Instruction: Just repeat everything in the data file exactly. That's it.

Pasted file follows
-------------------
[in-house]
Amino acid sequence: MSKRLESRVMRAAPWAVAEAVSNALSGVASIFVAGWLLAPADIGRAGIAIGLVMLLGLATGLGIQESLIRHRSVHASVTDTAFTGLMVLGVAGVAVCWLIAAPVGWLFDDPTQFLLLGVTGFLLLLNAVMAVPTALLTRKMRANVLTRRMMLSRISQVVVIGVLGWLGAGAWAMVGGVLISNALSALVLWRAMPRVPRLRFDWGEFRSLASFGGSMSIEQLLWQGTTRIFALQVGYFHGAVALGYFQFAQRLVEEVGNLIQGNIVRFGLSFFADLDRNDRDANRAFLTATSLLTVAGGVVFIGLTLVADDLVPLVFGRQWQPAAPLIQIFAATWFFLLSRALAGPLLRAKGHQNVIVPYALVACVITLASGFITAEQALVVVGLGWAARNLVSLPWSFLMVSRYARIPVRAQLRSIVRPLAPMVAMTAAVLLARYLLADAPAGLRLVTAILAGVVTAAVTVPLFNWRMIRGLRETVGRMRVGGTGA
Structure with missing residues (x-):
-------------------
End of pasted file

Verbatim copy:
[in-house]
Amino acid sequence: MSKRLESRVMRAAPWAVAEAVSNALSGVASIFVAGWLLAPADIGRAGIAIGLVMLLGLATGLGIQESLIRHRSVHASVTDTAFTGLMVLGVAGVAVCWLIAAPVGWLFDDPTQFLLLGVTGFLLLLNAVMAVPTALLTRKMRANVLTRRMMLSRISQVVVIGVLGWLGAGAWAMVGGVLISNALSALVLWRAMPRVPRLRFDWGEFRSLASFGGSMSIEQLLWQGTTRIFALQVGYFHGAVALGYFQFAQRLVEEVGNLIQGNIVRFGLSFFADLDRNDRDANRAFLTATSLLTVAGGVVFIGLTLVADDLVPLVFGRQWQPAAPLIQIFAATWFFLLSRALAGPLLRAKGHQNVIVPYALVACVITLASGFITAEQALVVVGLGWAARNLVSLPWSFLMVSRYARIPVRAQLRSIVRPLAPMVAMTAAVLLARYLLADAPAGLRLVTAILAGVVTAAVTVPLFNWRMIRGLRETVGRMRVGGTGA
Structure with missing residues (x-):